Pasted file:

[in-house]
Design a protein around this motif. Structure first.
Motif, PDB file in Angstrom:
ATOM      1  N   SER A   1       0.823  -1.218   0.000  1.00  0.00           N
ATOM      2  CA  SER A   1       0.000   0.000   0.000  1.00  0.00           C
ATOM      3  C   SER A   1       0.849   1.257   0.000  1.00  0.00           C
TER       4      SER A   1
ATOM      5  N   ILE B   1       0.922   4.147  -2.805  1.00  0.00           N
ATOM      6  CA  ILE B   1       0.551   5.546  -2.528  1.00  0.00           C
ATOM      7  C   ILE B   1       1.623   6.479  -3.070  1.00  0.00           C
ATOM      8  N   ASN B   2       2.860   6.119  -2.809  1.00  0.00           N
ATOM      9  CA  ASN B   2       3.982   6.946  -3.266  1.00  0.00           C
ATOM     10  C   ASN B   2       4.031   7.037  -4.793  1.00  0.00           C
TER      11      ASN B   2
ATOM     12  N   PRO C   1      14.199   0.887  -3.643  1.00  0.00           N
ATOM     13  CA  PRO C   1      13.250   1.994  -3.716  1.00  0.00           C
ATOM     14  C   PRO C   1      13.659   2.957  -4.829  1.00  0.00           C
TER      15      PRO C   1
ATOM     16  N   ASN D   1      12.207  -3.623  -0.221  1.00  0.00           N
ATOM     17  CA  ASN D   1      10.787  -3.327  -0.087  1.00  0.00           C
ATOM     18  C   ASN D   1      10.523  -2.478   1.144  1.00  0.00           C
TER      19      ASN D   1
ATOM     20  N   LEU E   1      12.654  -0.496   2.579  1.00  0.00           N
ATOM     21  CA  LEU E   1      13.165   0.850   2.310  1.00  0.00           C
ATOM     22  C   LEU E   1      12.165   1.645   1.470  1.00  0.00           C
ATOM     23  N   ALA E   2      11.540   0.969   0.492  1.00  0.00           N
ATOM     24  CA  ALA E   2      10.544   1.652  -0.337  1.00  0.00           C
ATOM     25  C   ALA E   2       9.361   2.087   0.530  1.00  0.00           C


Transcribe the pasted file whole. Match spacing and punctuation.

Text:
[in-house]
Design a protein around this motif. Structure first.
Motif, PDB file in Angstrom:
ATOM      1  N   SER A   1       0.823  -1.218   0.000  1.00  0.00           N
ATOM      2  CA  SER A   1       0.000   0.000   0.000  1.00  0.00           C
ATOM      3  C   SER A   1       0.849   1.257   0.000  1.00  0.00           C
TER       4      SER A   1
ATOM      5  N   ILE B   1       0.922   4.147  -2.805  1.00  0.00           N
ATOM      6  CA  ILE B   1       0.551   5.546  -2.528  1.00  0.00           C
ATOM      7  C   ILE B   1       1.623   6.479  -3.070  1.00  0.00           C
ATOM      8  N   ASN B   2       2.860   6.119  -2.809  1.00  0.00           N
ATOM      9  CA  ASN B   2       3.982   6.946  -3.266  1.00  0.00           C
ATOM     10  C   ASN B   2       4.031   7.037  -4.793  1.00  0.00           C
TER      11      ASN B   2
ATOM     12  N   PRO C   1      14.199   0.887  -3.643  1.00  0.00           N
ATOM     13  CA  PRO C   1      13.250   1.994  -3.716  1.00  0.00           C
ATOM     14  C   PRO C   1      13.659   2.957  -4.829  1.00  0.00           C
TER      15      PRO C   1
ATOM     16  N   ASN D   1      12.207  -3.623  -0.221  1.00  0.00           N
ATOM     17  CA  ASN D   1      10.787  -3.327  -0.087  1.00  0.00           C
ATOM     18  C   ASN D   1      10.523  -2.478   1.144  1.00  0.00           C
TER      19      ASN D   1
ATOM     20  N   LEU E   1      12.654  -0.496   2.579  1.00  0.00           N
ATOM     21  CA  LEU E   1      13.165   0.850   2.310  1.00  0.00           C
ATOM     22  C   LEU E   1      12.165   1.645   1.470  1.00  0.00           C
ATOM     23  N   ALA E   2      11.540   0.969   0.492  1.00  0.00           N
ATOM     24  CA  ALA E   2      10.544   1.652  -0.337  1.00  0.00           C
ATOM     25  C   ALA E   2       9.361   2.087   0.530  1.00  0.00           C